‘Creating psychologically informed conditions for employee growth and culture change…’

Dr Helen Miles
10 min readSep 29, 2023


29.09.2023: As I sit down to write this PIE blog, as the Head of Psychologically Informed Environments (PIE) at the national youth homeless charity — Centrepoint, I have been reflecting on the work the PIE team are undertaking with staff within the organisation. Aside from the significant focus on relationship building that is the heart of any PIE in the homeless sector, two other key ingredients involve direct work with staff, particularly ‘frontline staff’ (i.e. those that have direct contact with the homeless young people we support across our various housing and support services). Namely, staff training and staff reflective practice spaces (c.f. Keats et al, 2012; PIE Good Practice Guide; Westminster Council, 2015; PIE Guide). Therefore, it is critical to offer a varied psychologically informed staff training programme (c.f. previous PIE blog here: https://drhelenmiles.medium.com/the-value-of-developing-our-skills-and-knowledge-through-training-within-a-psychologically-661add9fe2b3) as well as regular reflective practice as resources in our team allow (c.f. previous PIE blog here: https://drhelenmiles.medium.com/reflecting-on-reflective-practice-in-a-psychologically-informed-environment-9d3d3c4ed160). Both staff training and reflective practice are important PIE ways of developing our staff to ‘grow’ in their roles and result in better outcomes for them (i.e. less burnout / attrition and increased satisfaction / performance) as well as for the homeless young people they support.

However, as Centrepoint has been undertaking its PIE journey as an organisation, I have also been contributing to the wider ‘People Strategy’ within the organisation. For example, this has involved work around equality and inclusion (c.f. previous PIE blogs here: https://drhelenmiles.medium.com/what-does-inclusion-mean-in-practice-reflections-from-the-pie-team-for-national-inclusion-week-24a0aecaffde and here: https://drhelenmiles.medium.com/are-we-inclusive-a-psychologically-informed-perspective-on-national-inclusion-week-bfc0a3063519) as well as work around staff well-being (c.f. see previous PIE blog here: https://drhelenmiles.medium.com/an-approach-to-supporting-staff-well-being-in-a-psychologically-informed-environment-pie-d1c8471d48dc). Moving forward, I am keen to continue this close working with the People / HR team, as I believe that there is more to be done to ensure that we are creating psychologically informed employee growth and wider culture change.

Those readers of this PIE blog that know me in real life, know that I am a massive fan of nature and plants, and consequently my house and garden are full of them! I am however not the most ‘green fingered’ individual, so I would not say that they are all flourishing as I am an ‘aspirational’ gardener rather than a successful one! Nevertheless, I persist because I appreciate the value that nature has upon our mental health (c.f. previous PIE blog here: https://drhelenmiles.medium.com/being-at-one-with-nature-reflections-on-the-importance-of-nature-upon-our-psychological-7b7eb0d177aa). However, one thing I have learnt about plants, which is beautifully illustrated in the picture at the start of this blog, is that different plants grow in different ways, at different rates and in different directions. What they all have in common is that they need light, water and nutrients.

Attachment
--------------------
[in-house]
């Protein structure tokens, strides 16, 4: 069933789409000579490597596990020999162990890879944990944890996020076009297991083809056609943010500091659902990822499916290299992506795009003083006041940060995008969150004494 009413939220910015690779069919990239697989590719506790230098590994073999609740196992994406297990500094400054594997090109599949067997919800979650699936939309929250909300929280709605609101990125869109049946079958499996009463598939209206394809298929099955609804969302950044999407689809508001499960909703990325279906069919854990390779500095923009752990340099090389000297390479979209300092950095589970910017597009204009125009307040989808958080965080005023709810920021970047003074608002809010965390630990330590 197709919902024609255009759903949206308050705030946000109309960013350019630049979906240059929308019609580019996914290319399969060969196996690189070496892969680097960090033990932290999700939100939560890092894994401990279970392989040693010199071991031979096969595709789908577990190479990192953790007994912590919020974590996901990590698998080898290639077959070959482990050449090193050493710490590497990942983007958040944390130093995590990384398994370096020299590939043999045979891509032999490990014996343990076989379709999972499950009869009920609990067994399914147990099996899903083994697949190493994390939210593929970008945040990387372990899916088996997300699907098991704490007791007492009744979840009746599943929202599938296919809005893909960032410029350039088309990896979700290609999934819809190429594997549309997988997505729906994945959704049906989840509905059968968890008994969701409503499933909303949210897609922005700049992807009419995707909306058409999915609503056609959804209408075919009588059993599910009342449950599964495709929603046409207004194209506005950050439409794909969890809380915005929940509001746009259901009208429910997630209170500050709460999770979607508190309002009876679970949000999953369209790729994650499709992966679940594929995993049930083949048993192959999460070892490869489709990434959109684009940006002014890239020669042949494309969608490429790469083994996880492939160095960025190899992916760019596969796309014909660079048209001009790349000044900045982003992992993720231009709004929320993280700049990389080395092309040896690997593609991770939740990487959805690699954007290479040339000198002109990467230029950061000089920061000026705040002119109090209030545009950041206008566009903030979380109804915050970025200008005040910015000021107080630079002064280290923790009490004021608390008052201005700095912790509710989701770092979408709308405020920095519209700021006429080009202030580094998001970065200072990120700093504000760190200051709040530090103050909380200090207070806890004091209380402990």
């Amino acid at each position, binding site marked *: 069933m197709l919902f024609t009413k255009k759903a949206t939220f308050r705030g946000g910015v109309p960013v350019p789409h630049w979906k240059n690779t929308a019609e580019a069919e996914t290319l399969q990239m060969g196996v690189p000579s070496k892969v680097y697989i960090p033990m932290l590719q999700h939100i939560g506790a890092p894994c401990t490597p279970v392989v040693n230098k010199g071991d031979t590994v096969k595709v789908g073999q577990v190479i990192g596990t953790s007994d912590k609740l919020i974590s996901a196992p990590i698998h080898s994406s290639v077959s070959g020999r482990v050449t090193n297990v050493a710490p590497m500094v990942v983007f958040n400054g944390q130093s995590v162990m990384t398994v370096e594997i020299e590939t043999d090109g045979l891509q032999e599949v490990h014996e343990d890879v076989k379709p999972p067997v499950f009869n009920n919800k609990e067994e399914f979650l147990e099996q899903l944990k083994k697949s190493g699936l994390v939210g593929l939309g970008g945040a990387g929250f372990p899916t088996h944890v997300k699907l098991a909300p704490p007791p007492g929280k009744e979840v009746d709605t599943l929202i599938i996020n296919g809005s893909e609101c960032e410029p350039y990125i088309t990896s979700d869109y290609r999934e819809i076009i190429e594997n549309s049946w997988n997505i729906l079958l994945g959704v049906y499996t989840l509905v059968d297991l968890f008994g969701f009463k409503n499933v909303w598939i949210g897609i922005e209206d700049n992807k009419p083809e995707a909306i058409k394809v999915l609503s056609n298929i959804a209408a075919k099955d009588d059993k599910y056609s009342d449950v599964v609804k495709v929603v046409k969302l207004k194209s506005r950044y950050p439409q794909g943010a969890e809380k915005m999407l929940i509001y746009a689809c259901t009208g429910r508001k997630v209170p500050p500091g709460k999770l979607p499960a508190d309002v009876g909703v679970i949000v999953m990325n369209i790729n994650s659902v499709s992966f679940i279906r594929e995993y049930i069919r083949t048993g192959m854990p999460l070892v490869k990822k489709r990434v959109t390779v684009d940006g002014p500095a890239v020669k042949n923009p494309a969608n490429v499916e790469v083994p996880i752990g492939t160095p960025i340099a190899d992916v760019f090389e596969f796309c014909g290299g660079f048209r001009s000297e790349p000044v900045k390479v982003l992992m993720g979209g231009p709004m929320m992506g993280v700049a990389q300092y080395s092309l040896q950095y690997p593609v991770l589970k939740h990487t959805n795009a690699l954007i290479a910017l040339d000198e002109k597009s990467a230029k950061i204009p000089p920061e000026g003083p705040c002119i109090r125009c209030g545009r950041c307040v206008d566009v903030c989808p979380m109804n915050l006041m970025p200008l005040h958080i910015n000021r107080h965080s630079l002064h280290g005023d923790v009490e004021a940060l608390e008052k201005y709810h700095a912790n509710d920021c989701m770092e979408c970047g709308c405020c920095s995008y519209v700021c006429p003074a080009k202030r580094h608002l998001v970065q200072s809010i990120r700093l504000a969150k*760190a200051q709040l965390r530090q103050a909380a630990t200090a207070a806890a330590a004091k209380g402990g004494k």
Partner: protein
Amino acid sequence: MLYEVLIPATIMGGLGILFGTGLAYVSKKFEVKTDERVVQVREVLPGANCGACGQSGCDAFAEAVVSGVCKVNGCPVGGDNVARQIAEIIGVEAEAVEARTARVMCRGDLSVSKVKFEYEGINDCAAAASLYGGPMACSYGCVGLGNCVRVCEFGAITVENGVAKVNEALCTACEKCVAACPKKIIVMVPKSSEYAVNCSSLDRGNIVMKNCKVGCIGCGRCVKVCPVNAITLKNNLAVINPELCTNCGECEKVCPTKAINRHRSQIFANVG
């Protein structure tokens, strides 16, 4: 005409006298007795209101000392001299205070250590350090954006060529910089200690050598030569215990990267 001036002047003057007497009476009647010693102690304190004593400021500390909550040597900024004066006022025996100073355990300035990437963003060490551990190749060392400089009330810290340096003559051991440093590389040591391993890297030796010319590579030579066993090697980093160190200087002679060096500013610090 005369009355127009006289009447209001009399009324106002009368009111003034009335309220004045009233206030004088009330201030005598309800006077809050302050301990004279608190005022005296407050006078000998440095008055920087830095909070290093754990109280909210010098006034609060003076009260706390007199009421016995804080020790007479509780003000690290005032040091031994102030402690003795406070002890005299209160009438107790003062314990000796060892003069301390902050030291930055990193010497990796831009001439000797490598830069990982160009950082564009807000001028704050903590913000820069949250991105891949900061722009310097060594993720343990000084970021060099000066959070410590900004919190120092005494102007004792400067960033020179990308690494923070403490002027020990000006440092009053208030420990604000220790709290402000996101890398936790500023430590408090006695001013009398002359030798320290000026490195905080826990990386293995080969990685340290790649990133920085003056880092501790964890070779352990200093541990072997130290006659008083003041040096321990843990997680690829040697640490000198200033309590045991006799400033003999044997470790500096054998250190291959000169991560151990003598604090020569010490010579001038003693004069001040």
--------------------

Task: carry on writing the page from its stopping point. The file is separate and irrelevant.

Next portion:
I do not think humans are necessarily so different. None of us are the same as each other. We also all ‘grow’ in different ways particularly within our employment role. Some of us come to this role with academic qualifications, which we may have obtained in a fairly straightforward pathway from school to college to university etc. Others of us come to our roles having gained academic qualifications later in life, having perhaps had to overcome challenges or barriers to study first. Others of us come with practical or vocational qualifications or even ‘lived experience’ that allows us to undertake our current role. In other words, our ‘growth’ to be the person we are now working at Centrepoint or any other homeless sector organisation, may be varied and different — even between two people undertaking similar roles within the organisation.

Moreover, some of us ‘grow’ further in our roles at a different rate to others. Maybe we have specific learning or neurodiversity issues that mean ‘reasonable adjustments’ need to be made to help us to grow further. Perhaps some of us grow quickly at certain times of the year or within certain roles or projects, but might not grow so fast at other times or within other aspects of our role. The reasons for this may be linked to a variety of psychological factors such as motivation, interests, support from our teams or managers, or personal challenges we might be facing outside of work. Perhaps we might even grow in different directions from our colleagues when we might start in one role but then change direction and grow differently, may be if we are given opportunities for secondments or further professional development. Nevertheless, in a psychologically informed culture, all types of ‘growth’ are encouraged and supported, and most importantly, if we are not growing any longer — we are given the opportunity to reflect upon why this is with our managers and what can be done about it.